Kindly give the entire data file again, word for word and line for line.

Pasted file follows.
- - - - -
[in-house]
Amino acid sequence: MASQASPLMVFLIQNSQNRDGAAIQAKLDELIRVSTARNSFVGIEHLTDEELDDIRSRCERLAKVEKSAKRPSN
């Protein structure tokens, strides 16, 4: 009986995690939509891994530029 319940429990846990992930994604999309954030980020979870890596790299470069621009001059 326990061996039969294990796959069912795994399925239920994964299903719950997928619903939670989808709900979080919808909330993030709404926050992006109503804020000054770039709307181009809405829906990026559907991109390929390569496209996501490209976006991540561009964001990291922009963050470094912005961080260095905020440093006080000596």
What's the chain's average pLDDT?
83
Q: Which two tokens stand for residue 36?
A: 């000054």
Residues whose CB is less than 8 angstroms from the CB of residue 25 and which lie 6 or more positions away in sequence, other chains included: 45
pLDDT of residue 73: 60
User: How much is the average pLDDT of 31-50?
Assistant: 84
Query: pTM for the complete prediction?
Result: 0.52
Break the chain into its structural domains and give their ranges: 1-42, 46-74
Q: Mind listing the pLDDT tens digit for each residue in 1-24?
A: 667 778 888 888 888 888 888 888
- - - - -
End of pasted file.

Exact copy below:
[in-house]
Amino acid sequence: MASQASPLMVFLIQNSQNRDGAAIQAKLDELIRVSTARNSFVGIEHLTDEELDDIRSRCERLAKVEKSAKRPSN
């Protein structure tokens, strides 16, 4: 009986995690939509891994530029 319940429990846990992930994604999309954030980020979870890596790299470069621009001059 326990061996039969294990796959069912795994399925239920994964299903719950997928619903939670989808709900979080919808909330993030709404926050992006109503804020000054770039709307181009809405829906990026559907991109390929390569496209996501490209976006991540561009964001990291922009963050470094912005961080260095905020440093006080000596």
What's the chain's average pLDDT?
83
Q: Which two tokens stand for residue 36?
A: 């000054």
Residues whose CB is less than 8 angstroms from the CB of residue 25 and which lie 6 or more positions away in sequence, other chains included: 45
pLDDT of residue 73: 60
User: How much is the average pLDDT of 31-50?
Assistant: 84
Query: pTM for the complete prediction?
Result: 0.52
Break the chain into its structural domains and give their ranges: 1-42, 46-74
Q: Mind listing the pLDDT tens digit for each residue in 1-24?
A: 667 778 888 888 888 888 888 888